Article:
Create an invoice! Just started your own business and not sure how to create your first invoice? Then you’ve come to the right place. This free tutorial covers everything you need to know. Simply open Excel, then follow the steps below. If you’re in a hurry you can also download our free invoice template instead.
There are three key dates you need to include on your invoice, all in the top right corner. The first is when your invoice was created. It may seem obvious, but it can differ from when you provided your goods or services (a.k.a. the supply date). The third one is the due date for your invoice, which is typically 30 days after it was created.
2. Contact Details
You need to add your own contact details, which are best placed in the footer of your invoice. These include your name, address, phone number and email. If you’re a limited company, include your company number. (If you’re registered under one name but trade under a different one, include both.)
Your client’s details go in the top left corner. If you provide your services through an agency, it’s common practice to enter the agency as the client.
Here’s an example (taken from our invoicing software):
3. Legal Requirements
There’s a bit more information you need to add to your invoice to ensure you’re legally compliant. Ensure that each and every invoice has a unique number, and try to stick to sequential numbering. Don’t throw away any spoiled or unused invoices in this sequence, just in case the tax man asks for them!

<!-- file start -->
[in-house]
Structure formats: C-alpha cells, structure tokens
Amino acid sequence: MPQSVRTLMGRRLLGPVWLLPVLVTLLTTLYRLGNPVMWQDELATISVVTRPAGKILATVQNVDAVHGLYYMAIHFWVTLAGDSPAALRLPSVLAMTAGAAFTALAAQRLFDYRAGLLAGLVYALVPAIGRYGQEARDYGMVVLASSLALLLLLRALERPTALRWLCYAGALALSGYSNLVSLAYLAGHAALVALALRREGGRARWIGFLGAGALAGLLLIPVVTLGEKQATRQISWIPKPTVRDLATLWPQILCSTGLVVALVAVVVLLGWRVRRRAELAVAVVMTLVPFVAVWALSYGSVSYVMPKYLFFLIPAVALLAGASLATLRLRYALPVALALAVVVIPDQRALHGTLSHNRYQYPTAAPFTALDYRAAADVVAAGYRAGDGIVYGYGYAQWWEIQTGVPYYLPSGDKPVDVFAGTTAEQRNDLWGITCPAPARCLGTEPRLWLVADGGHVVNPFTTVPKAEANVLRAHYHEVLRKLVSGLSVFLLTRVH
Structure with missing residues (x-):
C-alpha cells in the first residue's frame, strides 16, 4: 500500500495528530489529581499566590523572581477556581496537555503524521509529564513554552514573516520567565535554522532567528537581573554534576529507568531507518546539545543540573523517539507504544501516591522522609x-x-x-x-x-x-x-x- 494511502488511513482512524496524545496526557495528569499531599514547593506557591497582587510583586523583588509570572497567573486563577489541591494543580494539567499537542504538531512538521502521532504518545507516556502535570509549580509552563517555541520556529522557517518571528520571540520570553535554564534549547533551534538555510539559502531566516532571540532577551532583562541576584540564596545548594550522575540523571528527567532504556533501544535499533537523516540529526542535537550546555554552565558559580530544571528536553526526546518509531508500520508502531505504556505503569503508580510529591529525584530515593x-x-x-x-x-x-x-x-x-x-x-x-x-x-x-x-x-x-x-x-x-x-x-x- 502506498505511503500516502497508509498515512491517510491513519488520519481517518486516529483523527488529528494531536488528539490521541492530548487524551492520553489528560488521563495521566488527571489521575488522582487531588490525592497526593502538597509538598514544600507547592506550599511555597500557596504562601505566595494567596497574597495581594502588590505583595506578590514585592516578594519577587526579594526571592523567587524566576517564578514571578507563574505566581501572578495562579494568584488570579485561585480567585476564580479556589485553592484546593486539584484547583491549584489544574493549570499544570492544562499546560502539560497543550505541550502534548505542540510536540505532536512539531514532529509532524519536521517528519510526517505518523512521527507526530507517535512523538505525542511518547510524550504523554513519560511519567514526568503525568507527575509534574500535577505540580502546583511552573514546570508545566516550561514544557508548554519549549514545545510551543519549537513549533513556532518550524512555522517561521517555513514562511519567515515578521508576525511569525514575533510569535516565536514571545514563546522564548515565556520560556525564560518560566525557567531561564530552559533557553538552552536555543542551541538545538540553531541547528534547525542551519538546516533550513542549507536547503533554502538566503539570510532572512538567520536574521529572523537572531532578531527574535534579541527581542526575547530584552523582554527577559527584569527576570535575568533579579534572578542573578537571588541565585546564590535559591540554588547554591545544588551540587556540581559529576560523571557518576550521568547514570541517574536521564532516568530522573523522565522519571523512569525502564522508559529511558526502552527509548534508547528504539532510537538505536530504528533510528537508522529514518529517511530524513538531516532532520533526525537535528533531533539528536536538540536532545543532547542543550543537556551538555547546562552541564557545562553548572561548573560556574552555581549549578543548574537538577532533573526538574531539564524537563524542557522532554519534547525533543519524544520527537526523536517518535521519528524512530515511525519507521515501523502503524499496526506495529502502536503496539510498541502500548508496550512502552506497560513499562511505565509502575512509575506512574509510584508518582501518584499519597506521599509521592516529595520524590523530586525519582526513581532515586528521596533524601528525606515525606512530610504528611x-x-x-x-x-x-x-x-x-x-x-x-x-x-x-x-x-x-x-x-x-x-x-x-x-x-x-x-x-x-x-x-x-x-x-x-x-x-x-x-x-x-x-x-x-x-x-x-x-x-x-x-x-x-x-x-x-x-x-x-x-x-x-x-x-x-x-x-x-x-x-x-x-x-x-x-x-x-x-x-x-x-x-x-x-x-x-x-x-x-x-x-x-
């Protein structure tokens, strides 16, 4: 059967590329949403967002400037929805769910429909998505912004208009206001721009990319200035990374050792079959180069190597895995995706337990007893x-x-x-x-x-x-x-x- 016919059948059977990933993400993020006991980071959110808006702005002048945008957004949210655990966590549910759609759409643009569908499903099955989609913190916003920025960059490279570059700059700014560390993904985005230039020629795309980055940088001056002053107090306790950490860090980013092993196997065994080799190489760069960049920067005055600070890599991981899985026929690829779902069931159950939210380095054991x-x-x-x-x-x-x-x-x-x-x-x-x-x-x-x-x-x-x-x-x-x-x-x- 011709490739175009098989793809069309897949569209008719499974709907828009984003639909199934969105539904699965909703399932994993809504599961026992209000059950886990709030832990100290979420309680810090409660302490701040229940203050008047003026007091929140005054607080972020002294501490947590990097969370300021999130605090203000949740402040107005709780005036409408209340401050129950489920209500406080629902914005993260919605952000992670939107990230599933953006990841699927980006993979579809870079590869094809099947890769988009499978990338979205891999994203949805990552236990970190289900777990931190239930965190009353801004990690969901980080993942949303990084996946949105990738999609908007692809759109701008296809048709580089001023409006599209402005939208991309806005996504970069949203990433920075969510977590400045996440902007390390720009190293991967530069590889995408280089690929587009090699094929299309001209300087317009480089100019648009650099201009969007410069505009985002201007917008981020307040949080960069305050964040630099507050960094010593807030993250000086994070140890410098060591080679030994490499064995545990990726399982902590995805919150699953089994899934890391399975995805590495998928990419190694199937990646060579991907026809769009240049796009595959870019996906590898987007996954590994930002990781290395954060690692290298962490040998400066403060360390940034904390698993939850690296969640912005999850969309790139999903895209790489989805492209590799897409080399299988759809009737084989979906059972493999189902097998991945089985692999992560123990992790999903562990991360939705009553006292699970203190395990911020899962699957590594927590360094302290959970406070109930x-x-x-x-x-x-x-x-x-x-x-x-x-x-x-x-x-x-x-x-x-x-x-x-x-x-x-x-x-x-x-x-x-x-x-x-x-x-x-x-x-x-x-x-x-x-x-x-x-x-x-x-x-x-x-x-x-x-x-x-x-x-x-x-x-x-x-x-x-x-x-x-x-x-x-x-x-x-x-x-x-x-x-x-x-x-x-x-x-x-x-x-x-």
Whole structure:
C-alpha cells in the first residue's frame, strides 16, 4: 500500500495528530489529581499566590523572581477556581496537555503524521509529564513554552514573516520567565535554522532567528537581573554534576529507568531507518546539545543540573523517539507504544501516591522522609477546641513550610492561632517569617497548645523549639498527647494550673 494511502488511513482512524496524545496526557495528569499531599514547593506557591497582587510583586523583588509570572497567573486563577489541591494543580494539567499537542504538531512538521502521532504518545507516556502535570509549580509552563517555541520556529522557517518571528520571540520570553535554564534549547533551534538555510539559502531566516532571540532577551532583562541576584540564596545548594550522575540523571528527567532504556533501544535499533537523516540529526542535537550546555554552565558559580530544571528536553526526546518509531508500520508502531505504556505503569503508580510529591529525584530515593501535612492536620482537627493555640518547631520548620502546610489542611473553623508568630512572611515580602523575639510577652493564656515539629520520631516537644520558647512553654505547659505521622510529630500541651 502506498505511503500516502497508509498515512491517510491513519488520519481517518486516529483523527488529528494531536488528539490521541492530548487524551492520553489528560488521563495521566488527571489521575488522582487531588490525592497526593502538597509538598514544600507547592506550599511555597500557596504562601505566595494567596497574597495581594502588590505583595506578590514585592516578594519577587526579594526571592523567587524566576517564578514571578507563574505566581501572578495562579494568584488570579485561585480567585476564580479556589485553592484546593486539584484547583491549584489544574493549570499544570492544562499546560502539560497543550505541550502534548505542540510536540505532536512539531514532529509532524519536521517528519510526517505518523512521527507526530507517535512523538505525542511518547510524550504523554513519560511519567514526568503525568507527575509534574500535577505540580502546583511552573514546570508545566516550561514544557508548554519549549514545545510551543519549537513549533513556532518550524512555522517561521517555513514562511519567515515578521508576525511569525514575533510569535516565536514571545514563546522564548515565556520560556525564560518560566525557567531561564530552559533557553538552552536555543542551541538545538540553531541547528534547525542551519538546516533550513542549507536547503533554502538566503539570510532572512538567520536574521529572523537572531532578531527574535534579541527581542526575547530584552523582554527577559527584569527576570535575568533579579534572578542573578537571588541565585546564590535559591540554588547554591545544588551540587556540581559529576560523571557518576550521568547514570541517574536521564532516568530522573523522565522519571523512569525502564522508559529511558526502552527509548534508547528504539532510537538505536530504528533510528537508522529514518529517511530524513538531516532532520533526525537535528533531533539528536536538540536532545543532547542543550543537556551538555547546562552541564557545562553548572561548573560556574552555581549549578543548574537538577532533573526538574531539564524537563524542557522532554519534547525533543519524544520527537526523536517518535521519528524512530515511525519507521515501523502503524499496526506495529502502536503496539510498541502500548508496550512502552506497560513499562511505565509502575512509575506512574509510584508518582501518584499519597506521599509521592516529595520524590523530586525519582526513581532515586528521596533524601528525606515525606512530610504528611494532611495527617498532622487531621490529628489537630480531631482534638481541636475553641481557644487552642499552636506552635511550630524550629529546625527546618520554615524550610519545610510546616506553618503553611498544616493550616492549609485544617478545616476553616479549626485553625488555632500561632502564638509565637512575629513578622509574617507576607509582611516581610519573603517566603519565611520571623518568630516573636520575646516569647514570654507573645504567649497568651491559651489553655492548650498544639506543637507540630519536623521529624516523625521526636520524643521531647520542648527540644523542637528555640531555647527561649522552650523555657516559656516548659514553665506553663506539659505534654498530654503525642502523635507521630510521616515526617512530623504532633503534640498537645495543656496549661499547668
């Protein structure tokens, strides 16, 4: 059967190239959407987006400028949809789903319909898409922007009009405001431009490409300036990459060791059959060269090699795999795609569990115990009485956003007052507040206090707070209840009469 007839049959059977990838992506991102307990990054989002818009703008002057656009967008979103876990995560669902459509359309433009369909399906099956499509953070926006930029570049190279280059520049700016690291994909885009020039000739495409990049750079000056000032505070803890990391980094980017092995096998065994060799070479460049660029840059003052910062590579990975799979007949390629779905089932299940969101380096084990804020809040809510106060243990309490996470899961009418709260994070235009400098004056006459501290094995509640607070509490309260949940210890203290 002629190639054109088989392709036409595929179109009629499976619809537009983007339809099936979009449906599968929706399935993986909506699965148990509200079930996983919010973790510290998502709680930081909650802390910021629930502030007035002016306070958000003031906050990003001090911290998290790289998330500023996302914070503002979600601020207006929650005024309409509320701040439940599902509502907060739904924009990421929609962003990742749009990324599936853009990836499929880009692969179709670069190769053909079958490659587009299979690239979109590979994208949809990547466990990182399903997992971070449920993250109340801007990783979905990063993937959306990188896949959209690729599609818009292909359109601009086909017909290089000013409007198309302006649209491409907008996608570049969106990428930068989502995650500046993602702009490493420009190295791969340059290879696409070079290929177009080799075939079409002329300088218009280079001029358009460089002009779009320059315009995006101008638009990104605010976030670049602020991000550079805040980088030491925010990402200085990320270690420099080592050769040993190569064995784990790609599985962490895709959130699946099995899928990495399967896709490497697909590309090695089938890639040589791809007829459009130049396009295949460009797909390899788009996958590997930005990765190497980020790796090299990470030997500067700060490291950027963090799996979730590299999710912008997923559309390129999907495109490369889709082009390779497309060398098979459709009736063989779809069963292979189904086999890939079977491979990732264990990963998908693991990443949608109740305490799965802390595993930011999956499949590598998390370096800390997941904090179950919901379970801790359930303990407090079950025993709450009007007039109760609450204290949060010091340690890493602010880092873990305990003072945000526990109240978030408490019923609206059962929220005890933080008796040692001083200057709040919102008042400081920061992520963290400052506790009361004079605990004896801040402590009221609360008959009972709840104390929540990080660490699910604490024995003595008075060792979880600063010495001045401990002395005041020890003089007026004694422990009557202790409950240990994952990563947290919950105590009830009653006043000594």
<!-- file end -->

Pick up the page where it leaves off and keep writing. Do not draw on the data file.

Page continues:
A lot of companies start their invoicing sequence with a number higher than 1. Why not start with 1250 instead 0001. You don’t want your client to know if they’re the first invoice you’ve ever sent out!
HMRC has certain guidelines you need stick to when it comes to VAT and record keeping. First off, if you’re VAT registered, include this number on each and every invoice. Also show the price of every item before, and after, VAT. This includes the unit price excluding VAT, the applicable VAT rate, and the gross amount due.
Here’s another example:
When calculating totals you need to specify the total amount of VAT, and the overall total for the invoice. Even if you’re not VAT registered, try to include as much information as possible. It’s good bookkeeping practice.
4. Payment Details
Specify when and how you’d like the invoice to be paid, and include all relevant information (eg. your bank name, account number and sort code). A good place for this is the footer, next to your contact details.
Adding a reference number for the payment will make it easier to track in your bank account (you can use invoice number for this). If the customer has given you a purchase order (PO) number, include this too.
Something that is often overlooked when it comes to invoicing is the exposure and advertising potential it brings. This invoice represents your business brand, so make sure it reflects what you want it to say about your business.
Add your logo and choose an appropriate tone for your product descriptions and thank you messages.
And there you go – ready to invoice!! These five points cover all the essentials of what you need to include in your invoices. But if you’ve got any other questions please fill in the box below. We’d love to hear from you.
Zervant’s invoicing software.
The easiest way to create and send invoices!
Our invoicing software is quicker and easier than making your own invoices or using Excel templates. It’s also free.